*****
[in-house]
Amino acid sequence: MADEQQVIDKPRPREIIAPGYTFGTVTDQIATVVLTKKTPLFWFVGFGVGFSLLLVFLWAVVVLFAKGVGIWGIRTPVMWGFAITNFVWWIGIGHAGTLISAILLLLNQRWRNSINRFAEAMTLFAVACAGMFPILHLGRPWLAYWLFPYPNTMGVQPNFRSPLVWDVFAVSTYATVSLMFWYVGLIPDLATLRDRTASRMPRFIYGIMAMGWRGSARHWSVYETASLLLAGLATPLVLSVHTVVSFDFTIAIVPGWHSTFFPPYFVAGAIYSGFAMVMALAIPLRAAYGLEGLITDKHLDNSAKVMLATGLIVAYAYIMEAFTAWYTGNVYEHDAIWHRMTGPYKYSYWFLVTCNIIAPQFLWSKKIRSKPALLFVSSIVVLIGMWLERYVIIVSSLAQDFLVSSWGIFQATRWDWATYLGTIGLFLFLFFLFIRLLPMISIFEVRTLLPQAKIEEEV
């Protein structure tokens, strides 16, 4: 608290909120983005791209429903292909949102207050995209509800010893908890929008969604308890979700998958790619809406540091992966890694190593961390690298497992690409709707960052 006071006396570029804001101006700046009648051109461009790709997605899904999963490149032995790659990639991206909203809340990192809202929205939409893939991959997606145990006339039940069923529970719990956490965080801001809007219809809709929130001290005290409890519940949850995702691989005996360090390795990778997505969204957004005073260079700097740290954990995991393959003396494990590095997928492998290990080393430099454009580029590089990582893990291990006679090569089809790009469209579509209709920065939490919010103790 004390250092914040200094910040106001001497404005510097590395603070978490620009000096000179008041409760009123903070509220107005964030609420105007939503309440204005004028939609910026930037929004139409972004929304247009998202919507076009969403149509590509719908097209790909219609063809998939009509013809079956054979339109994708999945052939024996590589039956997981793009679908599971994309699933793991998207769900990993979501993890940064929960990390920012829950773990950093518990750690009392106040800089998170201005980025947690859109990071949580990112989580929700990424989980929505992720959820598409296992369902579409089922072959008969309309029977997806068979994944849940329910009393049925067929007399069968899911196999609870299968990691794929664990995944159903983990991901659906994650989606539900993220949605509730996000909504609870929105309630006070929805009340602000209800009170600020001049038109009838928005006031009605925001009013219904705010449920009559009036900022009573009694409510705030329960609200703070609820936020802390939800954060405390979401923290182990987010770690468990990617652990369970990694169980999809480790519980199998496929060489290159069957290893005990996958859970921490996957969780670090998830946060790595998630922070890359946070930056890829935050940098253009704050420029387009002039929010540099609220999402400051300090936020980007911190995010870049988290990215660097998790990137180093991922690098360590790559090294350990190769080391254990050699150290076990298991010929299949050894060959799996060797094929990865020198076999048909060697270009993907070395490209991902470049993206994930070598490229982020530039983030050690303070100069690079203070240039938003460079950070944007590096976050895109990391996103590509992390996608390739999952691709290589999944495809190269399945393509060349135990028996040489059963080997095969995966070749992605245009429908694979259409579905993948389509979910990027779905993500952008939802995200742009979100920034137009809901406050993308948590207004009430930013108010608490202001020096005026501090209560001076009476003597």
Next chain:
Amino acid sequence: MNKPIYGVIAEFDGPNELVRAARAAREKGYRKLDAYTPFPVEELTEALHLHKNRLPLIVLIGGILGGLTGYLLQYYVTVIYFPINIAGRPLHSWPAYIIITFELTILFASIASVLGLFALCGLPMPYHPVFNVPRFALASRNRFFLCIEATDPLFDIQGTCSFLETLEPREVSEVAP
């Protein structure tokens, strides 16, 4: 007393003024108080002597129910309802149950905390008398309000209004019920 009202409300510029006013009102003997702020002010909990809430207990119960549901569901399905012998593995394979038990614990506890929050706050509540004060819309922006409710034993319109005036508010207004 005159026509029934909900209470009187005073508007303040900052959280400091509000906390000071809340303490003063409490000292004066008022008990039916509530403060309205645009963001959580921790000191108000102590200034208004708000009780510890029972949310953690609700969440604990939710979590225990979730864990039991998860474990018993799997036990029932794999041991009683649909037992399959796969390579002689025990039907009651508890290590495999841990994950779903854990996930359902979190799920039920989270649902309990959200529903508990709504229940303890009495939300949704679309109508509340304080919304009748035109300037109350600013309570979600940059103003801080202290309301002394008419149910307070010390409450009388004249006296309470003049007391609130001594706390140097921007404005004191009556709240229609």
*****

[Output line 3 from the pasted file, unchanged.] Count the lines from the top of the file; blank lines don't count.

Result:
């Protein structure tokens, strides 16, 4: 608290909120983005791209429903292909949102207050995209509800010893908890929008969604308890979700998958790619809406540091992966890694190593961390690298497992690409709707960052 006071006396570029804001101006700046009648051109461009790709997605899904999963490149032995790659990639991206909203809340990192809202929205939409893939991959997606145990006339039940069923529970719990956490965080801001809007219809809709929130001290005290409890519940949850995702691989005996360090390795990778997505969204957004005073260079700097740290954990995991393959003396494990590095997928492998290990080393430099454009580029590089990582893990291990006679090569089809790009469209579509209709920065939490919010103790 004390250092914040200094910040106001001497404005510097590395603070978490620009000096000179008041409760009123903070509220107005964030609420105007939503309440204005004028939609910026930037929004139409972004929304247009998202919507076009969403149509590509719908097209790909219609063809998939009509013809079956054979339109994708999945052939024996590589039956997981793009679908599971994309699933793991998207769900990993979501993890940064929960990390920012829950773990950093518990750690009392106040800089998170201005980025947690859109990071949580990112989580929700990424989980929505992720959820598409296992369902579409089922072959008969309309029977997806068979994944849940329910009393049925067929007399069968899911196999609870299968990691794929664990995944159903983990991901659906994650989606539900993220949605509730996000909504609870929105309630006070929805009340602000209800009170600020001049038109009838928005006031009605925001009013219904705010449920009559009036900022009573009694409510705030329960609200703070609820936020802390939800954060405390979401923290182990987010770690468990990617652990369970990694169980999809480790519980199998496929060489290159069957290893005990996958859970921490996957969780670090998830946060790595998630922070890359946070930056890829935050940098253009704050420029387009002039929010540099609220999402400051300090936020980007911190995010870049988290990215660097998790990137180093991922690098360590790559090294350990190769080391254990050699150290076990298991010929299949050894060959799996060797094929990865020198076999048909060697270009993907070395490209991902470049993206994930070598490229982020530039983030050690303070100069690079203070240039938003460079950070944007590096976050895109990391996103590509992390996608390739999952691709290589999944495809190269399945393509060349135990028996040489059963080997095969995966070749992605245009429908694979259409579905993948389509979910990027779905993500952008939802995200742009979100920034137009809901406050993308948590207004009430930013108010608490202001020096005026501090209560001076009476003597």